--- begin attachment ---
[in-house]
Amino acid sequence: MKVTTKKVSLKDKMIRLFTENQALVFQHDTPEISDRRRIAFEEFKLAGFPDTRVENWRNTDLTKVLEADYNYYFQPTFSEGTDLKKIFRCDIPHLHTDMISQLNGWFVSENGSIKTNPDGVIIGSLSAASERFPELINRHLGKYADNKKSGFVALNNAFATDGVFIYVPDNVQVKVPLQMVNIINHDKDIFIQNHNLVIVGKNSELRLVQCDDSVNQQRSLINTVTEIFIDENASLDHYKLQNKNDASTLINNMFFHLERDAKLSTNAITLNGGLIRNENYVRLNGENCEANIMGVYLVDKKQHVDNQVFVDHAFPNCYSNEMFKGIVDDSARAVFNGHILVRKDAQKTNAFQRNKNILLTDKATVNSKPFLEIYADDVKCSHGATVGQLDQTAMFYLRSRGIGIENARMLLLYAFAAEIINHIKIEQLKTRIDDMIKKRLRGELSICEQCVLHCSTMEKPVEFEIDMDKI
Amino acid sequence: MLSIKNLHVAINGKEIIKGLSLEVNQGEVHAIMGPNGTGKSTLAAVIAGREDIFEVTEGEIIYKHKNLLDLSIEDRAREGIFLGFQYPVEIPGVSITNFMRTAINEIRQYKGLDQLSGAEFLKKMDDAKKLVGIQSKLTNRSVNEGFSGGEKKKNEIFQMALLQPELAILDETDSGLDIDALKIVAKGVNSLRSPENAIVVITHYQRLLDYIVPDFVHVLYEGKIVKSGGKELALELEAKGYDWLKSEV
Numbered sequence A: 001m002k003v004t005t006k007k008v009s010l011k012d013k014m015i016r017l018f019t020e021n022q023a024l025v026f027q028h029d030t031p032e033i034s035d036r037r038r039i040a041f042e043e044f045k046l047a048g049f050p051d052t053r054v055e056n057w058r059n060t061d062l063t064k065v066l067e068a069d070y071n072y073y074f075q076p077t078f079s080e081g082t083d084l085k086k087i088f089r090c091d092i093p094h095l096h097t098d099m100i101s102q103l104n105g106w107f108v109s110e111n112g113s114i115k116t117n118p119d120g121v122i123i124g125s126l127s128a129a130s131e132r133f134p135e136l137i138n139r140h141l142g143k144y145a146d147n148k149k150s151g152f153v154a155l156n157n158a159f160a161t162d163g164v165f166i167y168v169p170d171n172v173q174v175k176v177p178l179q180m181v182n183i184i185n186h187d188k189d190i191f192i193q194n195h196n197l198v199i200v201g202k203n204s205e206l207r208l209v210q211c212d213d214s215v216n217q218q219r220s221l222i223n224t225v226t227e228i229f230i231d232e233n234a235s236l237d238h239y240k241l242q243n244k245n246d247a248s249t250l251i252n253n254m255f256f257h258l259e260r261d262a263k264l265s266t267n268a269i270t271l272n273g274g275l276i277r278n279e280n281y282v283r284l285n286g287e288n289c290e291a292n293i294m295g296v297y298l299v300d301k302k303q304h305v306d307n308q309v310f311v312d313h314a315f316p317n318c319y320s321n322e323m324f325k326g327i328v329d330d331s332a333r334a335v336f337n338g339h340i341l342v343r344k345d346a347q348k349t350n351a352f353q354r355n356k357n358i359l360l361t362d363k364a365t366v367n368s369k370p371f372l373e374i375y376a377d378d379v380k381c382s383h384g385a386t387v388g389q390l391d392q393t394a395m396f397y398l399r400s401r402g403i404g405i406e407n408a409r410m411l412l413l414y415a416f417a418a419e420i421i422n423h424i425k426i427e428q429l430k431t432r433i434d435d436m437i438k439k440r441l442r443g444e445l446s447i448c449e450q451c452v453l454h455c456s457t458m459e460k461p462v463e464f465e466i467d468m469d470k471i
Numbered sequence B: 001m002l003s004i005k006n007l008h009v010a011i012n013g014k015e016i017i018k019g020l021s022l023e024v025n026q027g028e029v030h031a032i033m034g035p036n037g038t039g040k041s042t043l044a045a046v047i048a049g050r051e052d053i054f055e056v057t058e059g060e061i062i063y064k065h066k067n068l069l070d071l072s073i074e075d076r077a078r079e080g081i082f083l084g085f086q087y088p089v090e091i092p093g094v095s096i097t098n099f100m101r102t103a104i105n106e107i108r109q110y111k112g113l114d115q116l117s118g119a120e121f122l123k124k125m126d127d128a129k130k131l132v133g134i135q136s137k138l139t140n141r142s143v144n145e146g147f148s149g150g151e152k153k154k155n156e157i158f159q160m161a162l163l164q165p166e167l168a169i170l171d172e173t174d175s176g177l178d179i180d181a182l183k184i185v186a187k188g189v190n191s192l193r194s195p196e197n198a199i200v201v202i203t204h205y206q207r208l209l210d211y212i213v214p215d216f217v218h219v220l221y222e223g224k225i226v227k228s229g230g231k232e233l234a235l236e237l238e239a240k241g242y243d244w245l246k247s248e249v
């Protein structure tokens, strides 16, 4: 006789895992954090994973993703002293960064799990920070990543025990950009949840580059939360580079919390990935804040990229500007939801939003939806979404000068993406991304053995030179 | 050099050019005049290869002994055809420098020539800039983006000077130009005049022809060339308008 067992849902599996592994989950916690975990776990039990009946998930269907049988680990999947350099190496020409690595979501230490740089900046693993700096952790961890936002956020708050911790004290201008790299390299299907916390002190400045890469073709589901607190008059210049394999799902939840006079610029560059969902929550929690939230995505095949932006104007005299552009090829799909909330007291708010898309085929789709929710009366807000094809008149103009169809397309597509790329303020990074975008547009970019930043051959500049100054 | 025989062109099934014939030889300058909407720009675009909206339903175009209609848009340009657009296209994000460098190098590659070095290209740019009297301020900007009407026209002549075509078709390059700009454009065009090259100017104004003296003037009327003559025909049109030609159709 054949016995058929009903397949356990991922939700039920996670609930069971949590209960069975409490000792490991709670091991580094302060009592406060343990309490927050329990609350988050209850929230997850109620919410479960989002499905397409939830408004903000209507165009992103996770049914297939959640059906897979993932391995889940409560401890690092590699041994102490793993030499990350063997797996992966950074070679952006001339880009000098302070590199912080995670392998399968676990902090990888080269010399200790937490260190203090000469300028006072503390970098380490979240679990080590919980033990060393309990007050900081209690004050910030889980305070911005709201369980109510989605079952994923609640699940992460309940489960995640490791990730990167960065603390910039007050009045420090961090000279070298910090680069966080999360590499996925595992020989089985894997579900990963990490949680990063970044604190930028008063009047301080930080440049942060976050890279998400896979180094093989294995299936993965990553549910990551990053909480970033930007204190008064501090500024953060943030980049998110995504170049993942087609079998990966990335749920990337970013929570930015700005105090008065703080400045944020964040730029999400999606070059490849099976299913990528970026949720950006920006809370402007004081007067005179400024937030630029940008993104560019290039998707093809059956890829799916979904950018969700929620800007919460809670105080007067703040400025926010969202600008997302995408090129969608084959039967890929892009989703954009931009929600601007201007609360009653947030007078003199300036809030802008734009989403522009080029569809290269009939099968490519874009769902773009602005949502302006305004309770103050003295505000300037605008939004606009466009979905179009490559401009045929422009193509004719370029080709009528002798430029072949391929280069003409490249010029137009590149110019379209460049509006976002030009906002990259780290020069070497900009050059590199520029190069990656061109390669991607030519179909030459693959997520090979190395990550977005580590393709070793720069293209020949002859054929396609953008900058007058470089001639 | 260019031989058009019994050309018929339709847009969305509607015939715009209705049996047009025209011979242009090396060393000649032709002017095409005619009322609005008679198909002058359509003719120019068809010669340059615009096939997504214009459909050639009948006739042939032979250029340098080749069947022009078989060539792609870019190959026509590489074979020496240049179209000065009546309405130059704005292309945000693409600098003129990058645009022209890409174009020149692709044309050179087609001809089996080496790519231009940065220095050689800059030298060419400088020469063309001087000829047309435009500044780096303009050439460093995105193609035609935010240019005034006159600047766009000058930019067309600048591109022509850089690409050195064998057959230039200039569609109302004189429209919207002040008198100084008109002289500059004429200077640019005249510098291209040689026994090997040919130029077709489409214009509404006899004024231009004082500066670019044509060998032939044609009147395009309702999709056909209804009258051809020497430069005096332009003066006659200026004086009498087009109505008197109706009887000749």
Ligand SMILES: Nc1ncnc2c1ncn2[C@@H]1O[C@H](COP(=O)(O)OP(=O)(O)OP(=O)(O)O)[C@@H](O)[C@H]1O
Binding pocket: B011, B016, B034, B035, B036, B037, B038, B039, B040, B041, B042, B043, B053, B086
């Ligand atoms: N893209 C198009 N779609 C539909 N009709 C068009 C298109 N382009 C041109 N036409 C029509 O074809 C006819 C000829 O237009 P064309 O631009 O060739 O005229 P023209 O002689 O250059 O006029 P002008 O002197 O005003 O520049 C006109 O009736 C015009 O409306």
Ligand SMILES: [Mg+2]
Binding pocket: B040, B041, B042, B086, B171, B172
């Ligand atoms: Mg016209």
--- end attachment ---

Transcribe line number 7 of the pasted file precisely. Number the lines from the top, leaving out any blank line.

Ligand SMILES: Nc1ncnc2c1ncn2[C@@H]1O[C@H](COP(=O)(O)OP(=O)(O)OP(=O)(O)O)[C@@H](O)[C@H]1O